There and back again

Ro­botic sam­ple re­turn mis­sions are grow­ing in­creas­ingly com­mon­place

Sky at Night Magazine - - FIELD OF VIEW -

There’s only so much sci­en­tific equip­ment you can put on a space­craft. To re­ally get to know a space rock, you have to bring a piece back to Earth.

Two as­ter­oid-in­ves­ti­gat­ing space­craft are al­ready hard at work. The first, Ja­pan’s Hayabusa2, ar­rived at as­ter­oid Ryugu in June 2018. The space­craft has al­ready taken two rock sam­ples and is due to head home in late 2019, ar­riv­ing back in De­cem­ber 2020. Once safely re­cov­ered, its cos­mic cargo will be sent off to the world’s premier lab­o­ra­to­ries for close study.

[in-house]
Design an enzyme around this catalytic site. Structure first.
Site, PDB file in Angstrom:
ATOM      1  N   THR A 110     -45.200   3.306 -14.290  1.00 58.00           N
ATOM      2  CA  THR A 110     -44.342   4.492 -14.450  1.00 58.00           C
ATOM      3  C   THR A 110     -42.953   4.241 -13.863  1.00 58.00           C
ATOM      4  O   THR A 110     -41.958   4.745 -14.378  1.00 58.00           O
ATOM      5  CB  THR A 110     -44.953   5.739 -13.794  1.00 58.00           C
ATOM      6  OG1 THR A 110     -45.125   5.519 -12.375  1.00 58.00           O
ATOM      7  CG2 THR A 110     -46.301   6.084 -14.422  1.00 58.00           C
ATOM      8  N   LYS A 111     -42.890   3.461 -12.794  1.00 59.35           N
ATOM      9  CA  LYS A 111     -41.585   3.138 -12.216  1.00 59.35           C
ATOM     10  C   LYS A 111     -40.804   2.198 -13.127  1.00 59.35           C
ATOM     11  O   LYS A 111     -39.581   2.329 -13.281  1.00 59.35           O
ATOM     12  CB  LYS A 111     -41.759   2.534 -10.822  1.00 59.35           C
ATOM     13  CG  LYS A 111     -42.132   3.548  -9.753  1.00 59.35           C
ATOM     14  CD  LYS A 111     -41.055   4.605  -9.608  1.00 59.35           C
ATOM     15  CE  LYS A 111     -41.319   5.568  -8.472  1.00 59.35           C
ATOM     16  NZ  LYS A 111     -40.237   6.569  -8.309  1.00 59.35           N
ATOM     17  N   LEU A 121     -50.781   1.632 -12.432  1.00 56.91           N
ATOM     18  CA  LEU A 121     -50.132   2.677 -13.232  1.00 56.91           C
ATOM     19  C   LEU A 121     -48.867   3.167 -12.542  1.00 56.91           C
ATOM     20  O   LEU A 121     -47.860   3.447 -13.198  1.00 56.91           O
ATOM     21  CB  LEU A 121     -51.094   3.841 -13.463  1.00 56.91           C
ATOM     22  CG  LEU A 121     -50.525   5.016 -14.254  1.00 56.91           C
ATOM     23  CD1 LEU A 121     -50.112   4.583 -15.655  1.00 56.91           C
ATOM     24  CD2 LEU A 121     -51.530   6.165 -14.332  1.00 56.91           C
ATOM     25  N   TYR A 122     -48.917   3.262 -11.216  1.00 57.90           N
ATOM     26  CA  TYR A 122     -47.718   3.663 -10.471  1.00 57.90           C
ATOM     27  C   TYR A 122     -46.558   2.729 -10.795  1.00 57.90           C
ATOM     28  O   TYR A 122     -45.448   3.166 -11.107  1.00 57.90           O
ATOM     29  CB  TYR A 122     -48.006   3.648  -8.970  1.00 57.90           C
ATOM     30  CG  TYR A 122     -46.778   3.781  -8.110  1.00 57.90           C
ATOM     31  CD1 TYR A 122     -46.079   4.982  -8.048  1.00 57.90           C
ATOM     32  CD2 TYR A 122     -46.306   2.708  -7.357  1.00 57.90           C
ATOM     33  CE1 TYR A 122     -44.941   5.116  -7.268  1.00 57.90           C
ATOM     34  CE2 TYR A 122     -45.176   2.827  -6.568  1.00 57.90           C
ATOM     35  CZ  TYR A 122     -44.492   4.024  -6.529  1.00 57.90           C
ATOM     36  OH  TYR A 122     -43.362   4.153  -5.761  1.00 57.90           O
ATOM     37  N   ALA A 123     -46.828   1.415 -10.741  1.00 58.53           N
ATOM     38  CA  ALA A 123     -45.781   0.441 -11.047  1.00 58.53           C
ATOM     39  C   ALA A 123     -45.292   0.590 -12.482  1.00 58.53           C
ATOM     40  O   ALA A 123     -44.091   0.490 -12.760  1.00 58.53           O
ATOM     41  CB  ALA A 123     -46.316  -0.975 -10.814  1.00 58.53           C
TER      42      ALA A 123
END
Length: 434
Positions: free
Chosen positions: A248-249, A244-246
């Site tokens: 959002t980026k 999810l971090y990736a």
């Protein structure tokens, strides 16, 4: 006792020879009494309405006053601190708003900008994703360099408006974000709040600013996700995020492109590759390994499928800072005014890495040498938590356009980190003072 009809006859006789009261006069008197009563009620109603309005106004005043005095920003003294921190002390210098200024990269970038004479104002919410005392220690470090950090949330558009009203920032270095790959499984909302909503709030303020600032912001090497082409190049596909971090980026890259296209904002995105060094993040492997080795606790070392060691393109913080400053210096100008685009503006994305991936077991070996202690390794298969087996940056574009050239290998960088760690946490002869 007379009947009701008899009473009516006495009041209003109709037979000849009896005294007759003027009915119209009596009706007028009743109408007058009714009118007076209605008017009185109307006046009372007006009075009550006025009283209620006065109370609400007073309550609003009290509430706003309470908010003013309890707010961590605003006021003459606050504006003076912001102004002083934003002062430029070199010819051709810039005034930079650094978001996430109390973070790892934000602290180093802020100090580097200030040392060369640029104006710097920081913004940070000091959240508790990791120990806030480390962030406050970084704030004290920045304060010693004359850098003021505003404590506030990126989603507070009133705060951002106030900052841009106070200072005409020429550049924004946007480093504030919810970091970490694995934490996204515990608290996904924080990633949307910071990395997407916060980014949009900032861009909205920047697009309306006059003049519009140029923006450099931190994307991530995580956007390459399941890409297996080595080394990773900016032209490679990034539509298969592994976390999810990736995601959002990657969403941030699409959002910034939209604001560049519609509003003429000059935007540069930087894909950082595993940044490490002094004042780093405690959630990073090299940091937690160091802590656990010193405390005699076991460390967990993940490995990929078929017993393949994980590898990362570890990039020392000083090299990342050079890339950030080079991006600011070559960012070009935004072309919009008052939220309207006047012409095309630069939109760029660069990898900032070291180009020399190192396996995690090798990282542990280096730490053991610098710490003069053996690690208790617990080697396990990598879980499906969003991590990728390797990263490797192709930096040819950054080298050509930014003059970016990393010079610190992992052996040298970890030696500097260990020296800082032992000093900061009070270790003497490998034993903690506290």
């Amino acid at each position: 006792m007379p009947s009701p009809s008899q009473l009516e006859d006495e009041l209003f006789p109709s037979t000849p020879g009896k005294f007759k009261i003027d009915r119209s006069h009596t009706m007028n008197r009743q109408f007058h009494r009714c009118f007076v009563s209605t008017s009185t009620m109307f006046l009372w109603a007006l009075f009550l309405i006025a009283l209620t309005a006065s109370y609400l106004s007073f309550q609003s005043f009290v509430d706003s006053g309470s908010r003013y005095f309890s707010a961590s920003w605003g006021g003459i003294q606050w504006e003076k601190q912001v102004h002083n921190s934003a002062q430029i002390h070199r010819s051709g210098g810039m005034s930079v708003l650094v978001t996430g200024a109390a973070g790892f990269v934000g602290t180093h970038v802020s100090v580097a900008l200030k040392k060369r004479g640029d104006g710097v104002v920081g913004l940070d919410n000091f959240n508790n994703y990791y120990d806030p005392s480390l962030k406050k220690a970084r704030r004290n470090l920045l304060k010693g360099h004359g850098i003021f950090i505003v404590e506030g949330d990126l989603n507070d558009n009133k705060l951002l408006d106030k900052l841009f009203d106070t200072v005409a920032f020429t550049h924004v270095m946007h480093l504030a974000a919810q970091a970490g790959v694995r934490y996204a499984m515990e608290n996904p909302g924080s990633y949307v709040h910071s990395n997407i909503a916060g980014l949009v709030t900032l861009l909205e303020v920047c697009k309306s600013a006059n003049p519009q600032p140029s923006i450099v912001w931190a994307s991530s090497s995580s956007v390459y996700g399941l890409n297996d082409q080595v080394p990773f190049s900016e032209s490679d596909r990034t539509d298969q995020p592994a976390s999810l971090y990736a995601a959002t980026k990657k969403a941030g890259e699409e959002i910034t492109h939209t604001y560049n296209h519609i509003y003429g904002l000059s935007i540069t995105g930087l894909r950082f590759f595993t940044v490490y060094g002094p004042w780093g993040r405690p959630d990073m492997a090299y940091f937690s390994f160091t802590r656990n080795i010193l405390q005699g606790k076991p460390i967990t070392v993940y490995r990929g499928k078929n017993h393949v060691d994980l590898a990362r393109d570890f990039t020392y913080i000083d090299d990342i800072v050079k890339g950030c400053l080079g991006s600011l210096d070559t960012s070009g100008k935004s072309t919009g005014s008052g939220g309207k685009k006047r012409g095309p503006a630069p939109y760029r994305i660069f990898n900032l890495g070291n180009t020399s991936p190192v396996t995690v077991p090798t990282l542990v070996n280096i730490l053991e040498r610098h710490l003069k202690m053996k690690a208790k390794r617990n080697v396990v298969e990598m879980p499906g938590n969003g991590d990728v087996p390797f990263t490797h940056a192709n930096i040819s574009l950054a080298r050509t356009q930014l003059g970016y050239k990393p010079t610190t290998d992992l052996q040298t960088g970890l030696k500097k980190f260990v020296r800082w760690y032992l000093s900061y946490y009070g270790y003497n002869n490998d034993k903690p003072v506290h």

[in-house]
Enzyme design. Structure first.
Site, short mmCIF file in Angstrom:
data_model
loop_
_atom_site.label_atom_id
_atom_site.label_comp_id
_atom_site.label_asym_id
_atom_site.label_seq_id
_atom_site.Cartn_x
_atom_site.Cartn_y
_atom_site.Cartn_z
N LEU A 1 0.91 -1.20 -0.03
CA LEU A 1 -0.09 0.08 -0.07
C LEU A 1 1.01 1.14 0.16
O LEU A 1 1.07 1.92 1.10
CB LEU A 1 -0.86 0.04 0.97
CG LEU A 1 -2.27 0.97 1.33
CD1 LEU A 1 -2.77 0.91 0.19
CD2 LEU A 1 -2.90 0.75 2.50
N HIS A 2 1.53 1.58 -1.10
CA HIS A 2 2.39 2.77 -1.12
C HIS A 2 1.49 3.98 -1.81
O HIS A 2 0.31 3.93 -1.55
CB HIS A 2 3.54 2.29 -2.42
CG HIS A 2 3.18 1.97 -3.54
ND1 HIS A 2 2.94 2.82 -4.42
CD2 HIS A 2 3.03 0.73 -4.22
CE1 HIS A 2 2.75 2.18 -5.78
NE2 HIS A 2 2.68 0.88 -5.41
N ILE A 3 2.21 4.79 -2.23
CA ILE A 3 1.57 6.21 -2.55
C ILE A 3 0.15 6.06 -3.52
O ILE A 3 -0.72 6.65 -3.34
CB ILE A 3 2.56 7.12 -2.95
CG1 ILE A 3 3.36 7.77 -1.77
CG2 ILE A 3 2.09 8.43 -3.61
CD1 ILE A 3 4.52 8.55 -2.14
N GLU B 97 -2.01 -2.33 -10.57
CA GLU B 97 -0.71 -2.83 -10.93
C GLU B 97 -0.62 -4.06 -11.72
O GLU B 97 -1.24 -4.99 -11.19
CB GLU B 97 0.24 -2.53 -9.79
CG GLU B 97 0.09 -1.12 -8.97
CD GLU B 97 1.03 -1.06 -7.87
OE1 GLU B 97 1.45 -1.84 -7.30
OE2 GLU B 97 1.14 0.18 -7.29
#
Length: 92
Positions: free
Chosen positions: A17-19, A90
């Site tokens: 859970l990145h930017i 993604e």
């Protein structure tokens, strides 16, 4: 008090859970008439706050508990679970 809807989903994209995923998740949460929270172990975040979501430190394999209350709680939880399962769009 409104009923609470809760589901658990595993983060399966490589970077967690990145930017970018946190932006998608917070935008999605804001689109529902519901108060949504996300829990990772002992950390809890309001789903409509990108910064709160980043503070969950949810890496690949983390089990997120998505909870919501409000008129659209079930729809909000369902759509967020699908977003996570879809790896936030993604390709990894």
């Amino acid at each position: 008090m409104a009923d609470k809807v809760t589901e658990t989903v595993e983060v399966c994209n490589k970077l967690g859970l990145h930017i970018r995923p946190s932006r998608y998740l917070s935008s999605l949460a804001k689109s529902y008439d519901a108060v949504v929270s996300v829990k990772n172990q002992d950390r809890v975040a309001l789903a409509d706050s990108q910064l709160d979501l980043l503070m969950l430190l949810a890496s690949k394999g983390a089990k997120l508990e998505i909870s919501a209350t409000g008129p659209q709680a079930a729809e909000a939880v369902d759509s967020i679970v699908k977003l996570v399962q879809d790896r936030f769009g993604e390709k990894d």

Mean­while, NASA’s OSIRIS-REx is tak­ing its time at as­ter­oid Bennu. OSIRIS-REx has been map­ping the as­ter­oid since De­cem­ber 2018 to find the per­fect land­ing spot. In mid-2020 it will touch down then har­vest dust by blast­ing the sur­face with ni­tro­gen gas. The space­craft is due to leave Bennu in March 2021, reach­ing Earth in 2023.

Mean­while, the China Na­tional Space Ad­min­is­tra­tion (CNSA) is plan­ning to launch its own sam­ple re­turn mis­sion in 2020, this time to the Moon. The Chang’e 5 lan­der aims to re­turn around 2kg of lu­nar ma­te­rial from up to 2m un­der­ground. How­ever, launch is re­liant on the un­cer­tain fu­ture of the Long March 5 rocket.

OSIRIS-REx is sched­uled to land on as­ter­oid Bennu in 2020 to take sam­ples

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